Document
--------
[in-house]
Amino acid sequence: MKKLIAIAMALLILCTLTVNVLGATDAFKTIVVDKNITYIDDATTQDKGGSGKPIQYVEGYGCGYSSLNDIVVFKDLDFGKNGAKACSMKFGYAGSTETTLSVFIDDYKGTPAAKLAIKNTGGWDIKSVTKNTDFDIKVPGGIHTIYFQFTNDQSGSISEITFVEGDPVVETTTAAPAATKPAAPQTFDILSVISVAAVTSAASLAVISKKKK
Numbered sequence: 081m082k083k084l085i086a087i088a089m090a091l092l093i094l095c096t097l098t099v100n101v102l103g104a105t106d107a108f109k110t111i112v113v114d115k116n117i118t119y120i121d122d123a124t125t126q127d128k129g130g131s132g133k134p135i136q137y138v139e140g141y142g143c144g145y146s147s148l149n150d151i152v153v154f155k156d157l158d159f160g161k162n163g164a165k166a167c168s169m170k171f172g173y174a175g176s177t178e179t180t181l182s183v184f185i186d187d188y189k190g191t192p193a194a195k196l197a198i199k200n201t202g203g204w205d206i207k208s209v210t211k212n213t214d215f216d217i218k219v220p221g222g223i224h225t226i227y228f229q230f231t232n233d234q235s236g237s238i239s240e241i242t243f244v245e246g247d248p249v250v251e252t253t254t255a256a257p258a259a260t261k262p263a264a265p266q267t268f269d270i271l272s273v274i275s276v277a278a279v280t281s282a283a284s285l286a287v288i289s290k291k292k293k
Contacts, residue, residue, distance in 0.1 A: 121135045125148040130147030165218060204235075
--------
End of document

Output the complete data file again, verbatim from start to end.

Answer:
[in-house]
Amino acid sequence: MKKLIAIAMALLILCTLTVNVLGATDAFKTIVVDKNITYIDDATTQDKGGSGKPIQYVEGYGCGYSSLNDIVVFKDLDFGKNGAKACSMKFGYAGSTETTLSVFIDDYKGTPAAKLAIKNTGGWDIKSVTKNTDFDIKVPGGIHTIYFQFTNDQSGSISEITFVEGDPVVETTTAAPAATKPAAPQTFDILSVISVAAVTSAASLAVISKKKK
Numbered sequence: 081m082k083k084l085i086a087i088a089m090a091l092l093i094l095c096t097l098t099v100n101v102l103g104a105t106d107a108f109k110t111i112v113v114d115k116n117i118t119y120i121d122d123a124t125t126q127d128k129g130g131s132g133k134p135i136q137y138v139e140g141y142g143c144g145y146s147s148l149n150d151i152v153v154f155k156d157l158d159f160g161k162n163g164a165k166a167c168s169m170k171f172g173y174a175g176s177t178e179t180t181l182s183v184f185i186d187d188y189k190g191t192p193a194a195k196l197a198i199k200n201t202g203g204w205d206i207k208s209v210t211k212n213t214d215f216d217i218k219v220p221g222g223i224h225t226i227y228f229q230f231t232n233d234q235s236g237s238i239s240e241i242t243f244v245e246g247d248p249v250v251e252t253t254t255a256a257p258a259a260t261k262p263a264a265p266q267t268f269d270i271l272s273v274i275s276v277a278a279v280t281s282a283a284s285l286a287v288i289s290k291k292k293k
Contacts, residue, residue, distance in 0.1 A: 121135045125148040130147030165218060204235075